Abstract eye follows Dali in film at LACMA
Even by the standards of today’s overheated art market, few artists have been as excessively hyped and overexposed as Salvador Dali (1904-1989). There are museums dedicated to his work in Florida and Spain, and in London you can “be transported into a world of melting clocks and anthropomorphic sculpture” at Dali Universe. Add to that the endless reproductions in print and poster shops, lawsuits about fakes, and Dali’s own flamboyant personality, which gave him the notoriety we associate with Andy Warhol — indeed, Dali might well have served as a model for Warhol, with a shelf life far exceeding the cliché about 15 minutes worth of fame.
All this has made some of us tire of Dali’s overexposure, with knee-jerk reactions that make us roll our eyes when we note that Dali still serves as the quintessential modern artist for people who don’t like modern art. He is loved for making recognizable images for those who can’t handle abstraction, for those kinky twists that suck you into thinking this is really “far out stuff.” So, of course, there have been many Dali exhibitions at museums hoping to attract blockbuster-sized audiences, and now comes the Los Angeles County Museum of Art’s “Dali: Painting & Film,” opening Oct. 14.
Yet it looks like LACMA’s Dali blockbuster could make those of us who approach the artist with a sense of exhausted cynicism take a much more serious look at this artist whose work in film interacted with his work as a painter. The exhibition will surely interest those who care about film history, reminding us that the borders between media can be very indistinct for our most creative artists. That’s not news, of course — Leonardo da Vinci long ago taught us that creative genius isn’t easily pigeonholed. But today, technology is at everyone’s fingertips, so we almost feel as if we, too, are capable of making those transformations that turn the Governator from a human being to a fantastic metallic creature and back again, just by sitting at our computers. It’s the museum’s responsibility to ask us to reconsider that arrogant stance, to persuade us that there really is such a thing as an artist’s vision, and that no, we wouldn’t have been able to conceive of doing any such thing on our own.
Early in the last century, when film was a newer medium, many artists were intrigued by its kinetic visual possibilities, and for a fantasist like Dali, the opportunities must have seemed especially rich. After all, artists had long sought to convey various states of mobility in the static media of painting, and even sculpture limited the options. Moreover, we still admire earlier art works for their ability to communicate illusions about our actual experiences of the real world.
To that end, Dali collaborated with his countryman and fellow surrealist, Luis Bu?uel, on groundbreaking films (“Un Chien Andalou,” 1929; “L’Age d’or,” 1930), and the experience informed Dali’s paintings as well. The 1920s were especially rich in these efforts at creative filmmaking, and Sigmund Freud’s explorations and their impact were also still relatively fresh, so the imaginative opportunities were endless. To fully appreciate this exhibition will require watching these films, in addition to viewing the paintings, so plan to spend more time than the usual museum show allotment.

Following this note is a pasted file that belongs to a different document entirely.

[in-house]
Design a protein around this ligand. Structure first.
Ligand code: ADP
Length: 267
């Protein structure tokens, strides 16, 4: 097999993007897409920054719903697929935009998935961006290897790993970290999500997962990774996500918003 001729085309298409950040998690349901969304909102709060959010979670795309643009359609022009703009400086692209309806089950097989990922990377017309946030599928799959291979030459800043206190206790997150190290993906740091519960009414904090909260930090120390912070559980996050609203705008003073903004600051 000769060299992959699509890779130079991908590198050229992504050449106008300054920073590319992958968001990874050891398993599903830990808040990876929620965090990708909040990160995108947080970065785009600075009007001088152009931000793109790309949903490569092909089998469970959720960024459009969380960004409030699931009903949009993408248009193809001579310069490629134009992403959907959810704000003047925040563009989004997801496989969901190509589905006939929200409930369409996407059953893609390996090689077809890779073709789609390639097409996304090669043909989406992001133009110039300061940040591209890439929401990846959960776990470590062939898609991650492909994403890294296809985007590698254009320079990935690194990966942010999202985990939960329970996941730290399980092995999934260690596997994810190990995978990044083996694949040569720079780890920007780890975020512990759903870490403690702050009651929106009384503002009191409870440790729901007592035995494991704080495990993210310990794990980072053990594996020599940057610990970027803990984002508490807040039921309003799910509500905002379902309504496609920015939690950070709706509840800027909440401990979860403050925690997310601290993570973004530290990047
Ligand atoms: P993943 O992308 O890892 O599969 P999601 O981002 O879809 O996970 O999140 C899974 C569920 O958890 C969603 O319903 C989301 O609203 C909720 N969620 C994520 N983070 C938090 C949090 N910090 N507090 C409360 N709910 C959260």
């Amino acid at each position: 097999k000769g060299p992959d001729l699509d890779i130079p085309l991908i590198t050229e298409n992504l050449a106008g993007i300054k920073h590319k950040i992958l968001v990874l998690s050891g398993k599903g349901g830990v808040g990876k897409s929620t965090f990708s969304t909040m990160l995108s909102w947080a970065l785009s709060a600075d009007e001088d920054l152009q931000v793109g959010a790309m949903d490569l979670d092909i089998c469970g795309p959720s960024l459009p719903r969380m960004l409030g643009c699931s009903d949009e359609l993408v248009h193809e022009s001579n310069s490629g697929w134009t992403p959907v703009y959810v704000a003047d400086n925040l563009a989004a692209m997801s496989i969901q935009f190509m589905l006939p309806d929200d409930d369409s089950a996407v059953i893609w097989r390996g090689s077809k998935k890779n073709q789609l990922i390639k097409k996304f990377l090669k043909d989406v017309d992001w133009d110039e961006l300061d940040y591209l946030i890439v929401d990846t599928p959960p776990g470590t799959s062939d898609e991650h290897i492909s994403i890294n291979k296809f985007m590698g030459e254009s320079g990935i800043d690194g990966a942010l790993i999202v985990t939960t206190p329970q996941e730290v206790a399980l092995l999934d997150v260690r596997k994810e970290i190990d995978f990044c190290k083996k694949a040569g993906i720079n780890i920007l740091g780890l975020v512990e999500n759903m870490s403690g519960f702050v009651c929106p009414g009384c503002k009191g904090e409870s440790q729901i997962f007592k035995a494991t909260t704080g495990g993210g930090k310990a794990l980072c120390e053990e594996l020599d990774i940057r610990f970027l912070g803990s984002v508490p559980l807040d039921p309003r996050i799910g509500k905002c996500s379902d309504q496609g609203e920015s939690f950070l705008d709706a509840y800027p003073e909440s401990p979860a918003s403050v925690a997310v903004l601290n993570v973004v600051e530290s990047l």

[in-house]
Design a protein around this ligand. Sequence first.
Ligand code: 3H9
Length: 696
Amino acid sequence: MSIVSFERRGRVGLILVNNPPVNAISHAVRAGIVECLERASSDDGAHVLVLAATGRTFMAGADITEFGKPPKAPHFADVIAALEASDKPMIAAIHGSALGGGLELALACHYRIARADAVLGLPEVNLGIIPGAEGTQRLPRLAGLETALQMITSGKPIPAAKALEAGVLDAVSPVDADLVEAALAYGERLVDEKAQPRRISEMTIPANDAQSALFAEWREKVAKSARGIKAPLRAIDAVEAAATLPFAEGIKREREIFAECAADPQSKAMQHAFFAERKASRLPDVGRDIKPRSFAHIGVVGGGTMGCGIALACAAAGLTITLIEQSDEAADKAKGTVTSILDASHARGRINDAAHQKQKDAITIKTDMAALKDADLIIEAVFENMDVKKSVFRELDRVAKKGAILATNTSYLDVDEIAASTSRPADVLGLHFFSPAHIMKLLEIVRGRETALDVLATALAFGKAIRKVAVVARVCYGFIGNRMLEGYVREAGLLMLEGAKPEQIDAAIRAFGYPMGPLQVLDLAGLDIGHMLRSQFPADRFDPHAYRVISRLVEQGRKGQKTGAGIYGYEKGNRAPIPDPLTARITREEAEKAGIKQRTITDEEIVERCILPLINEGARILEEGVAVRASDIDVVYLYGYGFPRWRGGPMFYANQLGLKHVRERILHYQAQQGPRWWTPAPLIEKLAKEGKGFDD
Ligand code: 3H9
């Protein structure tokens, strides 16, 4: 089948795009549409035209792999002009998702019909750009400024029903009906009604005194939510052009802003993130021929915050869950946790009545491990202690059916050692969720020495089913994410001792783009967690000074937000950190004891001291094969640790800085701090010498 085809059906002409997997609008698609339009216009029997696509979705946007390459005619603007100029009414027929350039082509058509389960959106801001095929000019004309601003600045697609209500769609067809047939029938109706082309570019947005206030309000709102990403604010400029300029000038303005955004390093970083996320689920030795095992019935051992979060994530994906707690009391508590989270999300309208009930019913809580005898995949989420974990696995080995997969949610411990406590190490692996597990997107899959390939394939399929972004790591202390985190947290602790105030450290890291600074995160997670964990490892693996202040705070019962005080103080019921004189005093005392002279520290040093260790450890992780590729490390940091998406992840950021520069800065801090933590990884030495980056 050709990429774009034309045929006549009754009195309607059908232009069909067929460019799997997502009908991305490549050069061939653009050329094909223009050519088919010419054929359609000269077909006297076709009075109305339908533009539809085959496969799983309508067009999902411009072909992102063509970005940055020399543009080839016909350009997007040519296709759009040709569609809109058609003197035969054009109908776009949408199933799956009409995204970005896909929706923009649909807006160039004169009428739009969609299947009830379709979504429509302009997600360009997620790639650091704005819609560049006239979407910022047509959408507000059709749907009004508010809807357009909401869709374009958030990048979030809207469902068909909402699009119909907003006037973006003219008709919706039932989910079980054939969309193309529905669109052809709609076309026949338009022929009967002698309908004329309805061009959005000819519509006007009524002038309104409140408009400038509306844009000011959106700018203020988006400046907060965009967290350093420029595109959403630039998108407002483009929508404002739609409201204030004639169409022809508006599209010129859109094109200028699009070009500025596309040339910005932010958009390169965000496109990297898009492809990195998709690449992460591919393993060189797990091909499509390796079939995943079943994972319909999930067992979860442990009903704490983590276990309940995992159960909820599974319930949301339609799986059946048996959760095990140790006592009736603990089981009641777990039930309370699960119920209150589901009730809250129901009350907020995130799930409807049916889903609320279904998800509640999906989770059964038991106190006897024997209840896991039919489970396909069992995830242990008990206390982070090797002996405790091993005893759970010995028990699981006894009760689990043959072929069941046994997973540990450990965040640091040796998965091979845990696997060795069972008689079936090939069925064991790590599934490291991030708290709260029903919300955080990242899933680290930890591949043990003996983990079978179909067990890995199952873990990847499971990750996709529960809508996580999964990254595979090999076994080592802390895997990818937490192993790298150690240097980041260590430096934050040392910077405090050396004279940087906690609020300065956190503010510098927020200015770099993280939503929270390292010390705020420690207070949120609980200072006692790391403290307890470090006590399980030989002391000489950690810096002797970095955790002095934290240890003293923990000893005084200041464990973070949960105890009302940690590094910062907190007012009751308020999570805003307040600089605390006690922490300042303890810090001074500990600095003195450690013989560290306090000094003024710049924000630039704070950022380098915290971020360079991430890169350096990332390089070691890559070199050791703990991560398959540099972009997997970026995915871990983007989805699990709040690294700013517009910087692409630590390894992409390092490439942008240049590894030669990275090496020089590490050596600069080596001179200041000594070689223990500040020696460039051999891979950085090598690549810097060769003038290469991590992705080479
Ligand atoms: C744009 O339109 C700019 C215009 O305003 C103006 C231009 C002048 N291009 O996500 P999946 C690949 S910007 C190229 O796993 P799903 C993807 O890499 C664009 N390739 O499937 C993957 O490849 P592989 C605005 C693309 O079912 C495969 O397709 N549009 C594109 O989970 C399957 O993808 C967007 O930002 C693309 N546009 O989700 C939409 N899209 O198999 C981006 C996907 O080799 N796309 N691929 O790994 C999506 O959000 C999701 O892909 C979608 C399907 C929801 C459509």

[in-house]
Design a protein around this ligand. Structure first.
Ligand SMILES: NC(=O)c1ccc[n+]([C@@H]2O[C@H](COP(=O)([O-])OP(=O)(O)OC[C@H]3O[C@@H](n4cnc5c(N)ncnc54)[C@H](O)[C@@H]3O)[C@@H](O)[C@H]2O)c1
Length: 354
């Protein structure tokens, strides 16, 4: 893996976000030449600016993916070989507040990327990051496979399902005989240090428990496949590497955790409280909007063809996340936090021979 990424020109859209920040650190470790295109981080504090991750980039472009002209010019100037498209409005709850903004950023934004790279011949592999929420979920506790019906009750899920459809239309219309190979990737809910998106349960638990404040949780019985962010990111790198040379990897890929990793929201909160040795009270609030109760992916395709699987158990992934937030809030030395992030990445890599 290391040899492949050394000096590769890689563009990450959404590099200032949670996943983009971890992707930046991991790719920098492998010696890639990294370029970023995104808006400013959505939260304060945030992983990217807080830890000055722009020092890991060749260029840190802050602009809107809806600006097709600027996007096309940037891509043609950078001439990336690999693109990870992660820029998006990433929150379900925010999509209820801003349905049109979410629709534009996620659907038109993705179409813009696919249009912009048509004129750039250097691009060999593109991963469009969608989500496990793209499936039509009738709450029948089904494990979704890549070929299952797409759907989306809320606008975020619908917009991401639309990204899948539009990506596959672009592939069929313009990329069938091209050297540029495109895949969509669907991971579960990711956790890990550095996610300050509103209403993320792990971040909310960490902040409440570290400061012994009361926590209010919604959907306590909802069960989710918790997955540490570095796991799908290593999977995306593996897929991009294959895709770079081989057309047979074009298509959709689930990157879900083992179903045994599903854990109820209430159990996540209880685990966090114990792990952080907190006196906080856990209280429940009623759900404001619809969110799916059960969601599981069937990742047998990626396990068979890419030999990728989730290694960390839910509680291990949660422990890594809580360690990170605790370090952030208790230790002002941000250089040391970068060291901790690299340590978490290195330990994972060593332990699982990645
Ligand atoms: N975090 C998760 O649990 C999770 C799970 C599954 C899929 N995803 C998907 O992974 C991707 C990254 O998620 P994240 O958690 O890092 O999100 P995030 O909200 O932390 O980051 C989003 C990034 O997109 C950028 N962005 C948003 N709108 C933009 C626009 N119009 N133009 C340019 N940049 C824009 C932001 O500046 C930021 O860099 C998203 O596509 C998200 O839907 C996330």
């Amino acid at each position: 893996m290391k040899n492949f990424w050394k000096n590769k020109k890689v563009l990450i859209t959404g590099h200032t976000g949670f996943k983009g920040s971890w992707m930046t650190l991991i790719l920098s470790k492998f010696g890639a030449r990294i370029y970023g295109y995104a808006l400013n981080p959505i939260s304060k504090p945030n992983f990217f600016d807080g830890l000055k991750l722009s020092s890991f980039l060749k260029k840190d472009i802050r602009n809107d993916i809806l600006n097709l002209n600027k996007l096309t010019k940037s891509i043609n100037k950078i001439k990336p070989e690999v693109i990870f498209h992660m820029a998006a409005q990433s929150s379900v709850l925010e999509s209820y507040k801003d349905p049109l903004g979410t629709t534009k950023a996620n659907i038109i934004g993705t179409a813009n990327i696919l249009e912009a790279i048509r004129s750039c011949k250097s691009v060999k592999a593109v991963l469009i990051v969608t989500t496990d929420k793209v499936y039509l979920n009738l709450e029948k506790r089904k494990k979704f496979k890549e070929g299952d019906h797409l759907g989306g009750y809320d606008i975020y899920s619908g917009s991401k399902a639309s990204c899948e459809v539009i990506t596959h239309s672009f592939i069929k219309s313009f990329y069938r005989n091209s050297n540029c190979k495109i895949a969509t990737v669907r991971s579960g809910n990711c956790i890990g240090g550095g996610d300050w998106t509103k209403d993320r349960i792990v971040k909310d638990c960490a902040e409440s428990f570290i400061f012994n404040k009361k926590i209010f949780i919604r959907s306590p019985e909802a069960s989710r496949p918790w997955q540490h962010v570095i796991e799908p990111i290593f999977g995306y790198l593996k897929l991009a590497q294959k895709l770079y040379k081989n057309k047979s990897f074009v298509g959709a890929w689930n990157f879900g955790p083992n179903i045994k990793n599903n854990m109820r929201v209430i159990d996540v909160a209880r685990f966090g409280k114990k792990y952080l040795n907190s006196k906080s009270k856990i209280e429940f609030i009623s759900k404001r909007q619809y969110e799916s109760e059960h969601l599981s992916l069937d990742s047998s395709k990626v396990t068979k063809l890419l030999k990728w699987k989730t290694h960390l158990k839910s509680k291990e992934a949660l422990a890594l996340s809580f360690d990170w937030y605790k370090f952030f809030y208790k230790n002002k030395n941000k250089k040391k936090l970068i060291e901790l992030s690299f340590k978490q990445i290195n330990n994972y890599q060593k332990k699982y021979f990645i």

“There is a constant triangulation formed by the flow of film, paintings, and text,” Dawn Ades writes in one of several illuminating essays in the catalog accompanying the exhibition. This reminds us, too, of Dali’s role as a writer — manifestos were fashionable in his day, including statements about art and its relationship to everything else; in Dali’s time, artists played the role of forward-thinking visionaries. We no longer trust that sort of bombast, but we ought to remember that after the horrors of the Great War, artists may have seemed more perspicacious and trustworthy than those who conducted affairs of state.
But Dali was not entirely won over by the new medium; he complained that he didn’t “believe that cinema can ever become an artistic form. It is a secondary form, because too many people are involved in its creation. The only true means of producing a work of art is painting, in which only the eye and the point of the brush are employed.” Imagine what he might have done with Photoshop and all the other toys now at our disposal.
Ever the self-aware showman, Dali was lured to Hollywood in the 1940s, by which time he was already a famous artist and therefore a potential asset to filmmakers. As producer David Selznick wrote in a memo regarding the anticipated contract with Dali for Alfred Hitchcock’s “Spellbound” (1945), “if we make a deal for the celebrated artist we have in mind … we should not let this leak out in publicity, as I think we can get some sensational breaks on it.” Only Dali’s dream sequence survived in the legendary Ingrid Bergman/Gregory Peck film, but Dali also tried his hand, with limited success, at a number of other Hollywood film projects, including an once-abandoned and now revived Disney animated six-minute short, “Destino” (1946), and the video, “Chaos and Creation” (1960), directed by Philippe Halsman.
The interplay between film and painting makes this exhibition seem particularly well-suited to Los Angeles’ audiences, and will likely reinvigorate respect for Dali’s inventiveness and unique vision, especially among all the local film folks for whom this experience should provide a major series of discoveries.
Tom Freudenheim is a retired museum director who writes about art and cultural issues.